Thirteen years ago a pert, pretty 14-year-old California girl named Marjorie Gladman watched with interest her first tennis match. She thought it "an awfully nice game," coaxed her father for a racket. Four years later, under famed Coach Mercer Beasley, she wielded it with such proficiency that she won the National Girls' Championship. In 1928 she met John Van Ryn who, just out of Princeton, was winning recognition on the courts as a "giant-killer." By talking shop at tournament after tournament, they became fond of each other. In 1930 they were married.
Fortnight ago Mr. Van Ryn, now unranked in U. S. men's singles, and Mrs. Van Ryn, fifth ranking female tennist, deserted their cosy home outside Philadelphia and their fox terrier named "Wimby," junketed to Manhattan for the National Indoor Championships. "Midge" Van Ryn was well prepared for action. All winter she had practiced on the indoor courts of Socialite George D. Widener and Banker Fitz Eugene Dixon, onetime Davis Cup captain, who employs her husband.
The fact that it was Midge Van Ryn's first tournament on boards did not disturb her in the least. With characteristic coolness she romped through to the final without losing a set. Then she met Norma Taubele, No. 12 in national ranking, 1934 indoor titleholder. By softball tactics and a deceptive chop stroke, Mrs. Van Ryn braked her opponent's speed. It took her only 45 minutes to put Miss Taubele into submission, 6-4, 6-3.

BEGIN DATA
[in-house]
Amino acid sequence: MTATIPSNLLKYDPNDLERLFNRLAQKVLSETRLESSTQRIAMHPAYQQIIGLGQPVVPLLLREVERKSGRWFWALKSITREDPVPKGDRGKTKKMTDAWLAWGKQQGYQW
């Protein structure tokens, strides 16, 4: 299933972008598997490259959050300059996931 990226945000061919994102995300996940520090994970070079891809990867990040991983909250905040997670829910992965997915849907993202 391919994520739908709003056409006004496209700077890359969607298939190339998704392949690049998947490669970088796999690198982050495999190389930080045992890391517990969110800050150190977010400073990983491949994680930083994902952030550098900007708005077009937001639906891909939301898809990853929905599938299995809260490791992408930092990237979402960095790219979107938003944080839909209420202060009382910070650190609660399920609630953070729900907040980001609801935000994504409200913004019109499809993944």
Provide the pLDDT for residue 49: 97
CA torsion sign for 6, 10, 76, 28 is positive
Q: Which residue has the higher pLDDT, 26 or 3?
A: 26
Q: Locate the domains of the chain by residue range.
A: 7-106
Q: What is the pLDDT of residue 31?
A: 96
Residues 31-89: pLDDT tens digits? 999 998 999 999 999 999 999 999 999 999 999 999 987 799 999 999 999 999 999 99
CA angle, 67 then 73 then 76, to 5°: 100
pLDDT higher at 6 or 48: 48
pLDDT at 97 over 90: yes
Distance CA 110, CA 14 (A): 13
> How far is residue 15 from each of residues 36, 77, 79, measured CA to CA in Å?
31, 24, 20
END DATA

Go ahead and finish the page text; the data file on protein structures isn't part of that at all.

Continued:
Her match finished, Midge stood by to watch her man and Gregory Mangin (who later won the men's singles) play Karl Schroeder and James Gilbert Hall in the final of the men's doubles. Though a Davis Cup player for the past seven years, John Van Ryn's marked ability in doubles surprisingly vanishes in singles. Last week even his doubles form was way off. Having collected the silverware for the family, Mrs. Van Ryn sighed at her husband's defeat, remarked: "Tennis is great for domestic happiness."